Rhiza Labs FluTracker Forum

The place to discuss the flu
It is currently Thu Oct 19, 2017 12:06 pm

All times are UTC - 5 hours [ DST ]




Post new topic Reply to topic  [ 4 posts ] 
Author Message
PostPosted: Wed Sep 03, 2014 8:20 pm 
Offline

Joined: Wed Aug 19, 2009 10:42 am
Posts: 56044
Location: Pittsburgh, PA USA
Ebola vaccine trial has begun in US with volunteers getting infections yesterday (39F) and today (27F).

_________________
www.twitter.com/hniman


Top
 Profile  
 
PostPosted: Wed Sep 03, 2014 8:21 pm 
Offline

Joined: Wed Aug 19, 2009 10:42 am
Posts: 56044
Location: Pittsburgh, PA USA
Two Women Receive Experimental Ebola Vaccine in Fast-Tracked Trial
iStock/Thinkstock(BETHESDA, Maryland) — The first two doses of an experimental Ebola vaccine have been injected into human subjects in the National Institutes of Health’s fast-tracked clinical trial.
A 39-year-old woman was the first person to receive the vaccine, which had previously only been tested in monkeys. She received the injection Tuesday at the NIH Clinical Center in Bethesda, Maryland. A 27-year-old woman was given the shot Wednesday, the agency said.
The trial will test the safety of the vaccine, which was developed by GlaxoSmithKline and the NIH’s National Institute of Allergy and Infectious Diseases. It was expedited because of the burgeoning Ebola outbreak in West Africa, where more than 1,900 people have died from the infection, according to the World Health Organization.
The vaccine, which is designed to prevent Ebola, is different from the experimental drug ZMapp, which is designed to treat the infection.
“There is an urgent need for a protective Ebola vaccine, and it is important to establish that a vaccine is safe and spurs the immune system to react in a way necessary to protect against infection,” Dr. Anthony Fauci, director of the National Institute of Allergy and Infectious Diseases at the NIH, said in an earlier statement.
Although Fauci said the vaccine has “performed extremely well” in primate studies, this is the first time it has been tested in humans.
The phase 1 clinical trial will involve 20 men and women between the ages of 18 and 50, according to the NIH. Researchers will use the study to determine whether the vaccine is safe and see whether it prompts an immune response necessary to protect against Ebola.
No human subjects will be infected with Ebola.
A $4.7 million grant will also go toward additional Ebola vaccine trials in September at the University of Oxford in England, as well as centers in Gambia and Mali, according to GlaxoSmithKline. In all, 140 patients will be tested.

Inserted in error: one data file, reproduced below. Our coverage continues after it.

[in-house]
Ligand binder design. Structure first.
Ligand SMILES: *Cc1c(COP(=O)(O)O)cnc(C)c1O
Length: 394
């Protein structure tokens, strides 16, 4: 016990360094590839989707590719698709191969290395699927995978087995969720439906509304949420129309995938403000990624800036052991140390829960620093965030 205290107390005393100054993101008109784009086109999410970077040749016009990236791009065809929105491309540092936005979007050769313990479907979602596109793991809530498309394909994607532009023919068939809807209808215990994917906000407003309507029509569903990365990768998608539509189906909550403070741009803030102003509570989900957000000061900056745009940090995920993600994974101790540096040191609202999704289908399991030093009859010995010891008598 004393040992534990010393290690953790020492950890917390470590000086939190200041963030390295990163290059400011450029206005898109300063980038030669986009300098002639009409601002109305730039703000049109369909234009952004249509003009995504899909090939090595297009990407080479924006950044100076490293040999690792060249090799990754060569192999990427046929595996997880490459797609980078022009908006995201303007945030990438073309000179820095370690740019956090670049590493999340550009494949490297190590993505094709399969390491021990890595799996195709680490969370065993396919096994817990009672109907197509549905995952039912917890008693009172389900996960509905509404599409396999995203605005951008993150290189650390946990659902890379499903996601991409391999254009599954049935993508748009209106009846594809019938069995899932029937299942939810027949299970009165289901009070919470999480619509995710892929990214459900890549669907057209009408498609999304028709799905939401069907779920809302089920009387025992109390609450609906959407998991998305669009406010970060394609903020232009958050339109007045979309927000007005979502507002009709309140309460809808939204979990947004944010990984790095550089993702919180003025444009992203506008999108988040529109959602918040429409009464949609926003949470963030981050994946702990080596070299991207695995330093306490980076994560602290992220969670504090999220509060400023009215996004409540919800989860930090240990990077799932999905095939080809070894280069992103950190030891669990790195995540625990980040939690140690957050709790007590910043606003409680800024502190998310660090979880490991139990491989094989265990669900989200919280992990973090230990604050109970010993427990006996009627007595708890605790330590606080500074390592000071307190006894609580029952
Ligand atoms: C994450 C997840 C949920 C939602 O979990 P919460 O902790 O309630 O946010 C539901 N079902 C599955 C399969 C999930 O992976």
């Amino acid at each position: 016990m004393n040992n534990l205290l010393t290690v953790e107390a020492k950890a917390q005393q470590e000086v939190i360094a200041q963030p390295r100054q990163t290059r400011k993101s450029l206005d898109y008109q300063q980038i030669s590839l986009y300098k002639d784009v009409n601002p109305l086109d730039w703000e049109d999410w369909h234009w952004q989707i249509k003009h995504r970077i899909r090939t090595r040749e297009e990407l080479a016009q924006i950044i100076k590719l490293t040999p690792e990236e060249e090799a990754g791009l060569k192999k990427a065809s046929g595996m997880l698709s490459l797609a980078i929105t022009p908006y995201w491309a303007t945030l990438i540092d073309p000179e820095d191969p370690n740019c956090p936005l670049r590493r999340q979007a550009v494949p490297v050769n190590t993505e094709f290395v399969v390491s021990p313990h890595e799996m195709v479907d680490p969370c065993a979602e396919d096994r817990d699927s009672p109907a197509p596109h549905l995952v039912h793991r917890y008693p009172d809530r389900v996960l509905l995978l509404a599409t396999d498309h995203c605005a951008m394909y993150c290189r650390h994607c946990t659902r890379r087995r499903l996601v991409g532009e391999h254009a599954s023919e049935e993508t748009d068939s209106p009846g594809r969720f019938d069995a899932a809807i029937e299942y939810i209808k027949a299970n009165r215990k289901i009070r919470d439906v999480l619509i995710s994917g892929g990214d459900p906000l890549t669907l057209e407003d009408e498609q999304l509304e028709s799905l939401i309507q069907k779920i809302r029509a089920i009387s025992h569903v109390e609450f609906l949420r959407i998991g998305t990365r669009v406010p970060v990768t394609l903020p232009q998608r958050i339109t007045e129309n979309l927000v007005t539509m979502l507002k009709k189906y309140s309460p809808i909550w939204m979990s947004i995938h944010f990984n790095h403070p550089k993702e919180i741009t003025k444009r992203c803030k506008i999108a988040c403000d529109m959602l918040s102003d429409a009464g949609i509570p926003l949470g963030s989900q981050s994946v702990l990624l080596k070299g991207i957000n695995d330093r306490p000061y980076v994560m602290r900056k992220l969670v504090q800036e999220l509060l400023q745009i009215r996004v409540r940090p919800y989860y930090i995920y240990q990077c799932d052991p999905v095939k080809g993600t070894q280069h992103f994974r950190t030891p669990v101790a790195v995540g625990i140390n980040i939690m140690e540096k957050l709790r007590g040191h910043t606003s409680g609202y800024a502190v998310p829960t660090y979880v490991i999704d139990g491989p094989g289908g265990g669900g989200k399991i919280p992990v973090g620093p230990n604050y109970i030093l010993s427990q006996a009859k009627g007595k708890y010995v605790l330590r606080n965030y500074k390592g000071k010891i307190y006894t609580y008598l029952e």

Though Ebola was discovered nearly 40 years ago, it was so rare that drug manufacturers weren’t interested in investing in finding a vaccine for it, said Dr. William Schaffner, chair of preventive medicine at Vanderbilt University in Nashville, Tennessee. Its rarity also made it impossible for scientists to conduct field studies.
“There’s always the layperson’s query of ‘Why don’t they rush this?’ ‘Why don’t these guys work a little later at night?’” Schaffner told ABC News in July. “It’s a little more complicated than that.”
GlaxoSmithKline became involved in the Ebola vaccine because it bought Swiss vaccine company Okairos AG in 2013. Okairos, originally a Merck spinoff, had been working on the vaccine with the NIH since 2011, a GlaxoSmithKline spokeswoman told ABC News.
Although Fauci said in July that it would take until late 2015 for a vaccine — if successful — to be administered to a limited number of health workers, GlaxoSmithKline said in a statement that the grant will also enable it to manufacture 10,000 doses of the vaccine while the trials are ongoing. If the vaccine trials are successful, it will be able to make stocks available immediately to the World Health Organization.
The NIH said it should have initial data from the trial in late 2014.
The trial for a different vaccine is set to begin at the Walter Reed Army Institute of Research in Silver Spring, Maryland. This vaccine was a collaboration between the federal Department of Defense and Iowa pharmaceutical company NewLink Genetics Corp.

http://www.wlec.com/health/two-women-re ... d-trial-2/

_________________
www.twitter.com/hniman


Top
 Profile  
 
PostPosted: Wed Sep 03, 2014 8:36 pm 
Offline

Joined: Wed Aug 19, 2009 10:42 am
Posts: 56044
Location: Pittsburgh, PA USA
Two Women Receive Experimental Ebola Vaccine in Fast-Tracked Trial
4:20PM Wednesday
September 3, 2014

Two Women Receive Experimental Ebola Vaccine in Fast-Tracked Trial (Photo Credit: iStock/Thinkstock)

(BETHESDA, Maryland) -- The first two doses of an experimental Ebola vaccine have been injected into human subjects in the National Institutes of Health’s fast-tracked clinical trial.